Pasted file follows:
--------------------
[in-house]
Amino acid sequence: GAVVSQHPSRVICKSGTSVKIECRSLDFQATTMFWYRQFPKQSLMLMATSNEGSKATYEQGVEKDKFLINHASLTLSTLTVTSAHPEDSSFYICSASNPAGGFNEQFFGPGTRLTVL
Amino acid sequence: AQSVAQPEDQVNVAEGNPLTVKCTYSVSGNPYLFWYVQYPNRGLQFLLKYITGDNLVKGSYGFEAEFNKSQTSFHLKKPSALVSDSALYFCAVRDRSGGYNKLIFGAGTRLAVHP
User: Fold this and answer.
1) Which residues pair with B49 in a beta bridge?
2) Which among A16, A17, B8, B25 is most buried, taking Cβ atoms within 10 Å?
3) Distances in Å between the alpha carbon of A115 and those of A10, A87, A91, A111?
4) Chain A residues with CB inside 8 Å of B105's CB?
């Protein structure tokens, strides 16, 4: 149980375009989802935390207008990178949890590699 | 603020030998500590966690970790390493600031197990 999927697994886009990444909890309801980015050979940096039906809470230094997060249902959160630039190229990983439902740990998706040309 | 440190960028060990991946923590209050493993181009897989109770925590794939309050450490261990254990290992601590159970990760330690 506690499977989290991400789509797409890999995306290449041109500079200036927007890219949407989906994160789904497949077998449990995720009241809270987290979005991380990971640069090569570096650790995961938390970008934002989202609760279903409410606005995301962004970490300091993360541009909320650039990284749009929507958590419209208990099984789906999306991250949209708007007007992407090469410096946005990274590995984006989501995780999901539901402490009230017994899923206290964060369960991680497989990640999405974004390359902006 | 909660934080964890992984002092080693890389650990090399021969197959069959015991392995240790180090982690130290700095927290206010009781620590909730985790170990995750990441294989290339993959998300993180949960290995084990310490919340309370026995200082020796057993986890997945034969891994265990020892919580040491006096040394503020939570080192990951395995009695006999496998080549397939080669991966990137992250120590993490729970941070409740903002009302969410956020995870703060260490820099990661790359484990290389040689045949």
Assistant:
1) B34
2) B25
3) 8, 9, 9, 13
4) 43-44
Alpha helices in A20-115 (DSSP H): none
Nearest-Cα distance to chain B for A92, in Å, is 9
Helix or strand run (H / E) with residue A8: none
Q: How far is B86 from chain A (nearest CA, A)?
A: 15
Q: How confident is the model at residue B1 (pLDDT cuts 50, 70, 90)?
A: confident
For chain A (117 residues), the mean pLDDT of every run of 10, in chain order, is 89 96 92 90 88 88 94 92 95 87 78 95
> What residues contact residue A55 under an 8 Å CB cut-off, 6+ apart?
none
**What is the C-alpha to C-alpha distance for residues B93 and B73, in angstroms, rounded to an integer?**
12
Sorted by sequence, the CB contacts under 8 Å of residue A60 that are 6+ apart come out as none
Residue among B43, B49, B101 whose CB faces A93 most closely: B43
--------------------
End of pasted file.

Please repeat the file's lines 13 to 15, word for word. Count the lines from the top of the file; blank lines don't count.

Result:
3) 8, 9, 9, 13
4) 43-44
Alpha helices in A20-115 (DSSP H): none